In his address at Fox’s spring affiliates’ meeting Thursday, Fox Group chairman and CEO Peter Chernin complained about the slow pace of the web-affil talks over sharing costs of Fox’s pricey new NFL package.
According to a letter sent to affils last month, Fox had hoped to reach a cost-sharing agreement by June 3. Talks between Fox and its affils, however, appear to be stuck on several key points, especially the issue of program exclusivity.
“There seems to be a standoff,” said Kevin O’Brien, general manager of KTVU San Francisco.
The noises coming from the opening sesh of the two-day Fox affiliate confab echo the issues debated by the Big Three webs and their affils, which also held meetings this month.
“I am troubled by a process that has us moving slowly and trying to resolve an issue of enormous mutual importance,” Chernin said. “I hope we can have a better-defined and more collaborative process for future issues as they arise. The next time event programming becomes available, if Fox hesitates because of a worry about the financial consequences, it would be potentially disastrous for all of us.”
Fox is looking to complete a deal outlining the distribution of ad spots in the NFL games between the network and affils so that they can begin selling football ad time in the upfront.
Chernin spent much of his speech praising the performance of Fox Broadcasting Co. this season, as well as ruminating on the rising cost of programming and the increasing fragmentation in the television business.
“As the world becomes more fractionalized, the cost of compelling TV content has skyrocketed,” he said. “In the late 1980s, the average one-hour drama cost a little over $1 million to produce. Last year, ‘The X-Files’ cost more than $2.5 million per episode.”
Chernin added that the NFL package that helped boost Fox into the major leagues in 1994 ultimately forced the company to report a $350 million write-down. “Even with (affiliate) contributions and the performance of our large station group, we were still well behind financially.”
Marketing costs are also on the rise, in part because “deregulation of radio has led to an unhealthy concentration of commonly owned stations within the same markets — oftentimes owned by our own major network competitors,” he said.
On the studio side, Chernin described the process of creating hit shows as “nightmarish.”
“Access to quality talent has gotten difficult. Studios are holding networks hostage for renewals, as best exemplified by ‘ER,’ ” he noted.
To counteract the trend, Fox is working to produce many of its programs in-house, spending close to $100 million a year developing shows at 20th Century Fox TV, Chernin said.
“Any belief that (Fox Broadcasting Co.) can continue to succeed based on a traditional network-affiliate approach is outmoded and alarming,” he said.
Chernin also cited the importance of cross-promotion between Fox’s broadcast and cable outlets.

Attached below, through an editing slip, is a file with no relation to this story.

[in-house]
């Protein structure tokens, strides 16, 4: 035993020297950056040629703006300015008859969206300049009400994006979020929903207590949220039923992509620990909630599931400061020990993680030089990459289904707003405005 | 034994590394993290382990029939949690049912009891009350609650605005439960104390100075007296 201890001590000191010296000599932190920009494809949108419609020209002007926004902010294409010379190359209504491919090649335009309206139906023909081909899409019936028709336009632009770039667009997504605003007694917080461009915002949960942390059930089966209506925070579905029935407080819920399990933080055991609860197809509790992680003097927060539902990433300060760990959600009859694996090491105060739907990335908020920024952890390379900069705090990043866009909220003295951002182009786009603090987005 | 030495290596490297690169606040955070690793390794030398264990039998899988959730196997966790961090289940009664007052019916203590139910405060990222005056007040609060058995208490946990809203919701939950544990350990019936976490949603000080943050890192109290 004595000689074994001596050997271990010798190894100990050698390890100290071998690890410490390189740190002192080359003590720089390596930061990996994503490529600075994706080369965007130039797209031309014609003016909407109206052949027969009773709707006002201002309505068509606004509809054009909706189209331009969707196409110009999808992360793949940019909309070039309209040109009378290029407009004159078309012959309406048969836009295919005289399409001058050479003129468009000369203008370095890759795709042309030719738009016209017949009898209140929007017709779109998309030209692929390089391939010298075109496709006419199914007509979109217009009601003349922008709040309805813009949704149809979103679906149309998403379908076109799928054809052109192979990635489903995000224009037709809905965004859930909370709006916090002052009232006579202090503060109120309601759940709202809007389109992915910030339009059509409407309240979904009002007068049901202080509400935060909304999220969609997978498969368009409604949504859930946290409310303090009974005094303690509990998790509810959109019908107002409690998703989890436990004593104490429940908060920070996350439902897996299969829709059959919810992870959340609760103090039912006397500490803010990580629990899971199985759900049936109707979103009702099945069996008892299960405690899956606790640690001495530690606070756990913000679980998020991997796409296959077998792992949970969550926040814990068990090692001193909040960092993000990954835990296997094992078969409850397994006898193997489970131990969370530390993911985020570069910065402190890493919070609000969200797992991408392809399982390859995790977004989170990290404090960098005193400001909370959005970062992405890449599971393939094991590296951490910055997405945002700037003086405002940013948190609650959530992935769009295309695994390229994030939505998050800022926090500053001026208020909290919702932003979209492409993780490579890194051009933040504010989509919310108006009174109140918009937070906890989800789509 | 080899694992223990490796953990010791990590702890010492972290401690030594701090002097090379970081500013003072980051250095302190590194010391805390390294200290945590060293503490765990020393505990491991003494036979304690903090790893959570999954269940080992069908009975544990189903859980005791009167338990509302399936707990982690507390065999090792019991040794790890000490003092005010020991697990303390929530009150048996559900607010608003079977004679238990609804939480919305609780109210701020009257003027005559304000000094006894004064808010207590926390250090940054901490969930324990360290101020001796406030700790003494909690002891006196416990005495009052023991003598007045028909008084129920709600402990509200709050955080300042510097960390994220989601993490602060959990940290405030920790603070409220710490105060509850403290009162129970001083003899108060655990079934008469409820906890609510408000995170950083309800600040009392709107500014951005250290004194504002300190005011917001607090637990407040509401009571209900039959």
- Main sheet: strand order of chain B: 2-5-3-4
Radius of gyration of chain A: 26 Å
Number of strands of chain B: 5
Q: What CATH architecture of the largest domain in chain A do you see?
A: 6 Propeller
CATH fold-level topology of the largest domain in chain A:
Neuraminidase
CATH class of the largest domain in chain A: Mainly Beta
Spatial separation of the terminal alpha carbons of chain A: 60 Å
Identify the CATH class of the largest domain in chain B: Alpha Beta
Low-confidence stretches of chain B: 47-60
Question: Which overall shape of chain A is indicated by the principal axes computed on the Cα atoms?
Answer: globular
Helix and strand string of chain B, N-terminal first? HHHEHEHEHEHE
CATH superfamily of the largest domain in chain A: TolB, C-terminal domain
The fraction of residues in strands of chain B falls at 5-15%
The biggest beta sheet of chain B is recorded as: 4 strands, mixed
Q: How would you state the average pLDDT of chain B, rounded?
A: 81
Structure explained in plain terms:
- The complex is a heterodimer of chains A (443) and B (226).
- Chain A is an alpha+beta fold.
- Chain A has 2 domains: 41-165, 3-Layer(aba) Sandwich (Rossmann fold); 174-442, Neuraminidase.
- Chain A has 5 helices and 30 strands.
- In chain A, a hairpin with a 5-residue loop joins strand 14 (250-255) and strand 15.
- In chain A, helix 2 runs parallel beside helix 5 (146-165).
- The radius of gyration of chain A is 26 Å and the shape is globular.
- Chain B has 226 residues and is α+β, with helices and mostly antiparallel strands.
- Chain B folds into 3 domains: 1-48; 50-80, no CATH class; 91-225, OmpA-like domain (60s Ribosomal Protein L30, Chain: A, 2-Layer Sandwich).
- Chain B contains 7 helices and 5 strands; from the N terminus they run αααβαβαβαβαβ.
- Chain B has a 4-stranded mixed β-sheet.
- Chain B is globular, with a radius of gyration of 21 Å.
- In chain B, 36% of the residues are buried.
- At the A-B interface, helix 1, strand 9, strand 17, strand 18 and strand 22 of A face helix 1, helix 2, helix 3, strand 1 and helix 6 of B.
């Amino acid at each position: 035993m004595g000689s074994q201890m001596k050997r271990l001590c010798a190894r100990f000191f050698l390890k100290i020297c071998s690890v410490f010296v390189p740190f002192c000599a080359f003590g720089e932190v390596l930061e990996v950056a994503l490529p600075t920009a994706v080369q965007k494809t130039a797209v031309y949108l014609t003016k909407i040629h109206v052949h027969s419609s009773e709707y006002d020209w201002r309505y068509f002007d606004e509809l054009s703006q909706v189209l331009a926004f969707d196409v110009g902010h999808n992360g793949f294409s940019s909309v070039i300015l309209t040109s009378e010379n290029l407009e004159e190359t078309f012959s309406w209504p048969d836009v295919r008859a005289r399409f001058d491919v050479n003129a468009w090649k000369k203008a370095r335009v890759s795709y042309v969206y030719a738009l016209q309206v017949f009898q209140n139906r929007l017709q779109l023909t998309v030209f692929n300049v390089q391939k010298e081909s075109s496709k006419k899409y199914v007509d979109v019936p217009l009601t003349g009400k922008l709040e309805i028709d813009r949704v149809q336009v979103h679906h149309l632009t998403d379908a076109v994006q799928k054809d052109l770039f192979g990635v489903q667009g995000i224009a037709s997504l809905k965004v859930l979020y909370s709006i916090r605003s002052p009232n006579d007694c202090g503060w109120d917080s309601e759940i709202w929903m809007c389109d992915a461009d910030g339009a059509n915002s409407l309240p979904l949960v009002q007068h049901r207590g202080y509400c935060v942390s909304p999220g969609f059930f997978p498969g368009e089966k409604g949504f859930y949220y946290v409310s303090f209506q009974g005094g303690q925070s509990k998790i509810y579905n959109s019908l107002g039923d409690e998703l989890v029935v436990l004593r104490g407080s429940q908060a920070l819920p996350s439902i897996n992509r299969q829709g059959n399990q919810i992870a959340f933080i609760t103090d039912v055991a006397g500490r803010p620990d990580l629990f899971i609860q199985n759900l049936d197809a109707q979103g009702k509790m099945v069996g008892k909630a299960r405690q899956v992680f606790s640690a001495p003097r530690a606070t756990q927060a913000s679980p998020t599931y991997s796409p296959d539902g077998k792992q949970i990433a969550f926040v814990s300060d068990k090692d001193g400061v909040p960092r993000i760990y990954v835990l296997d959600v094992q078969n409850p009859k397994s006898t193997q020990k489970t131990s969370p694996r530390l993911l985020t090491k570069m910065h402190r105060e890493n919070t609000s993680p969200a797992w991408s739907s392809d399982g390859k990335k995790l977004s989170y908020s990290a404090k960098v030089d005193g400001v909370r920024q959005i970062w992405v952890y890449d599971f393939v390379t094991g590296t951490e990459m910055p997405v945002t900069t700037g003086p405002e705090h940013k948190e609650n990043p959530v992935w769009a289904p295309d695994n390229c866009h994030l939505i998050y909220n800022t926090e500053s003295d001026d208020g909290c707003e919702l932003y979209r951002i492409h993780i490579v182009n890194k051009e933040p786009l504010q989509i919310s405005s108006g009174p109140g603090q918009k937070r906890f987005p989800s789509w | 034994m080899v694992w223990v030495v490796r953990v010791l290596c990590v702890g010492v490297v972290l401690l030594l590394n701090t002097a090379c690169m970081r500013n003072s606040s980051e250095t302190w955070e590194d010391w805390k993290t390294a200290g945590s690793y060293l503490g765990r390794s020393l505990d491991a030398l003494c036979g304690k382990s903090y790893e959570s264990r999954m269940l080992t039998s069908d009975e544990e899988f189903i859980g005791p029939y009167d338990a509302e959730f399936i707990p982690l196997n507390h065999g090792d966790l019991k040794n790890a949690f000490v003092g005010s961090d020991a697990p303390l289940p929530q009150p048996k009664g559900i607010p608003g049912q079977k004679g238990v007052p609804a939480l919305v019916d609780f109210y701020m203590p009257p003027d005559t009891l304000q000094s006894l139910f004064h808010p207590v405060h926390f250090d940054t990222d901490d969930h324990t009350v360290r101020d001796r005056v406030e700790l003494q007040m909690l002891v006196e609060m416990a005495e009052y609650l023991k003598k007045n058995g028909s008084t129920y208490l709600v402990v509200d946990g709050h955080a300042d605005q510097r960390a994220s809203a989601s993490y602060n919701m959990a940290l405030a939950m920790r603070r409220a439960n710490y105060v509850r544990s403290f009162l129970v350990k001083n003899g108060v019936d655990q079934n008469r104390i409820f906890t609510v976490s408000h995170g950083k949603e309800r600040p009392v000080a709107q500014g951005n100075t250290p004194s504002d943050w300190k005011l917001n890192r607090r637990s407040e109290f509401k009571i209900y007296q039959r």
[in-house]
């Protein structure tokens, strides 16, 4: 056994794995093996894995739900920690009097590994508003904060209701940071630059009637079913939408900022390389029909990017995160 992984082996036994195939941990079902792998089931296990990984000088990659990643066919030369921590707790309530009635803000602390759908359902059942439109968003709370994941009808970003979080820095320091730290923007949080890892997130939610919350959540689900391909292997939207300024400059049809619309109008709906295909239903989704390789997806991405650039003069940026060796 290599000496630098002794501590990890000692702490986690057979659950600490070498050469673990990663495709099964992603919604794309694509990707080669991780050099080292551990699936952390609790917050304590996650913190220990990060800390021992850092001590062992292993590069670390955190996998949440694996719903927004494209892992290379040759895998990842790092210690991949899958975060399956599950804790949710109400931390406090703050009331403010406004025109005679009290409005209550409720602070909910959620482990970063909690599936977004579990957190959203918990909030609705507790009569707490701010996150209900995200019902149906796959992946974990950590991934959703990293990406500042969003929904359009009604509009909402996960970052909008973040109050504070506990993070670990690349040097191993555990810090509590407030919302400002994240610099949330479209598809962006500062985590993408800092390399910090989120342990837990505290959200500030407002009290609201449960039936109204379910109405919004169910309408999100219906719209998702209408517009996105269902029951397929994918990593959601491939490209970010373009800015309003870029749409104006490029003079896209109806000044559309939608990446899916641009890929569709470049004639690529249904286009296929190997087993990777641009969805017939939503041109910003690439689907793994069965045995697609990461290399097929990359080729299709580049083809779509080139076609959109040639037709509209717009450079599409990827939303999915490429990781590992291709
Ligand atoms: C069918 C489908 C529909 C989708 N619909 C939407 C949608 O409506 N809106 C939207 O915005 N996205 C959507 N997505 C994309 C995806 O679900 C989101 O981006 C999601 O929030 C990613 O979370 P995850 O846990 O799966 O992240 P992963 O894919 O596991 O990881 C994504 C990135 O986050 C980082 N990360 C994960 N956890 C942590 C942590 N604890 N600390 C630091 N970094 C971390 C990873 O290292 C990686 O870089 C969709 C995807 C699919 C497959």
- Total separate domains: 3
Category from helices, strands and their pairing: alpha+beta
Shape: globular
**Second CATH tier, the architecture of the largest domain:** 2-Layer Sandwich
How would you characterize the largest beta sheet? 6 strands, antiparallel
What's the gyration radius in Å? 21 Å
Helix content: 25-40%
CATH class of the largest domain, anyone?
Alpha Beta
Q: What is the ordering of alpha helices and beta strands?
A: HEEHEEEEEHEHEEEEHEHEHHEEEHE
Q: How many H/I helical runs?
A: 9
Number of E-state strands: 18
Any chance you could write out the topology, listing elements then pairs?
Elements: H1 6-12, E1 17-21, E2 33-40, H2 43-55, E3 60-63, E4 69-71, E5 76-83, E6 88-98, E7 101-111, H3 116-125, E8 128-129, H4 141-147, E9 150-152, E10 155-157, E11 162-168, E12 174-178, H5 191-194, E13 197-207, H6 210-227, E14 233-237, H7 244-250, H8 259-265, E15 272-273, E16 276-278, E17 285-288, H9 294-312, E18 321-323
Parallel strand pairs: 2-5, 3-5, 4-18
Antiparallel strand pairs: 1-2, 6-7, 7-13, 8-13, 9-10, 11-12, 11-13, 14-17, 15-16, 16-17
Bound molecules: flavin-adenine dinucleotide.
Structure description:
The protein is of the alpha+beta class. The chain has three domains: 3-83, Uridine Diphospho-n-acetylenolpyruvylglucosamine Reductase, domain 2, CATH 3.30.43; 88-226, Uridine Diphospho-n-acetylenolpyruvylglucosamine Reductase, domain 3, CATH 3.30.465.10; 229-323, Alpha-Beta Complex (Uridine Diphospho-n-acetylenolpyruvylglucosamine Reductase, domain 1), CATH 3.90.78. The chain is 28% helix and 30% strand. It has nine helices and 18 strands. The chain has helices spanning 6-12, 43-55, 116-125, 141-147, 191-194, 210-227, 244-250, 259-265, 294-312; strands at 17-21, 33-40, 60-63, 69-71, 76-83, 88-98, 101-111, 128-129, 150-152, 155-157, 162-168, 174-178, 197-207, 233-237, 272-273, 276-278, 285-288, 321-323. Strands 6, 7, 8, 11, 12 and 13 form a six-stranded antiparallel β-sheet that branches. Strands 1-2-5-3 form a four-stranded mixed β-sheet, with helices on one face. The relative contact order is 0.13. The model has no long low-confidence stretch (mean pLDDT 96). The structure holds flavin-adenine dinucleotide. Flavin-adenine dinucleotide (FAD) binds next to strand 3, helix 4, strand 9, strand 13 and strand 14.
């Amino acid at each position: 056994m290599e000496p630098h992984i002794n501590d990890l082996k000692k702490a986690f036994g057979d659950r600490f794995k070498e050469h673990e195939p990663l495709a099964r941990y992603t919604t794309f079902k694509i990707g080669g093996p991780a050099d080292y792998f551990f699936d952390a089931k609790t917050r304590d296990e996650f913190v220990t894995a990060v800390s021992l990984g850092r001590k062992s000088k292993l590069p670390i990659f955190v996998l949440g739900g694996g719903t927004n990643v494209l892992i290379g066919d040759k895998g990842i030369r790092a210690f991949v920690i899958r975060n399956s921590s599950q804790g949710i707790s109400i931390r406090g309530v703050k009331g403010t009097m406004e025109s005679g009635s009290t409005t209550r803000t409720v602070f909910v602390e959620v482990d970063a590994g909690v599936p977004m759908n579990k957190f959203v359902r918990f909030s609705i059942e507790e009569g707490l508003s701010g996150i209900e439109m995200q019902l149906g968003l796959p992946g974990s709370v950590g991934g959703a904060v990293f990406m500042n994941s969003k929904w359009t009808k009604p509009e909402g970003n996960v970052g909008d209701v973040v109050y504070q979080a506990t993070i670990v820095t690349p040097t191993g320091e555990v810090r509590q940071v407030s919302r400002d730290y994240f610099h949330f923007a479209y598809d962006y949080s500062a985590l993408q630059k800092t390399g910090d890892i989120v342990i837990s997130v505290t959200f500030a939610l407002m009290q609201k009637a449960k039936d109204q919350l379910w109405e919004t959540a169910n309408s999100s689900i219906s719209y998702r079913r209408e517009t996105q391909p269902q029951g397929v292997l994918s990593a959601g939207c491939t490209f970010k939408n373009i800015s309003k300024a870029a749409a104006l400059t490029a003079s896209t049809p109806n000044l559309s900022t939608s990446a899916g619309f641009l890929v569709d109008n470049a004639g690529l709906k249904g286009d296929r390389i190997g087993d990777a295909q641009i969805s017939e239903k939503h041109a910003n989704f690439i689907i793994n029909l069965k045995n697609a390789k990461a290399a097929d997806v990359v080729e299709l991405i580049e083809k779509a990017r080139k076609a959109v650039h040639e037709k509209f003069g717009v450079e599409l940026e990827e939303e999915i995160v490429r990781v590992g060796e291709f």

“Some of you may be concerned that you would only be promoting the competition,” Chernin said. “I contend that is myopic thinking. You would be promoting Fox, and a strong and vital Fox with multiple revenue streams is crucial to your future.”
As always, Chernin hammered Fox affils that still haven’t plunged into local news. Chernin stated flatly that the net will demand that affils commit to a launch date for a local newscast as the web renews its affil agreements.
Fox News chairman and CEO Roger Ailes told affils he is developing specials programming that could eventually evolve into a newsmagazine, but Fox won’t run out a newsmag until its ready.
On the sports side, Ed Goren, executive producer of Fox Sports, said that Fox will be in a “war” with CBS next year for football viewers.
Behind the scenes, though, the war was going on between Fox and its affils. Sources say heated words were exchanged in two closed-door meetings between Fox and its affiliate board. The two sides will meet again today, but sources were not entirely optimistic a deal will be reached before the affiliate meeting closes.
Affils feel that Fox’s plan not only requires them to foot a large portion of the football tab, but it doesn’t ensure they’ll have the games exclusively, and Fox could create a pay TV window for football and other Fox programming.
The complex formula being proposed asks affils to give back to Fox the $100 million in proceeds from the sale of their portion of Fox Kids Network. Fox would return three NFL ad posts to affils, who would sell the time, but return the proceeds (minus commission) to Fox.
Nick Clark, general manager of KCVU in Chico, Calif., called the plan “a bookeeping nightmare.”
Also upsetting affils is Fox’s proposal to make the new NFL deal for just one year with flexibility for the network to come back and ask for more money next year.
“Fox affiliates don’t get compensation like the other networks,” Clark added. “We get fewer hours of programming, so we spend more of our own money on programming. But Fox gives us a great brand, and the right demographic. I’m convinced we’ll work it out.”
(Cynthia Littleton contributed to this report.)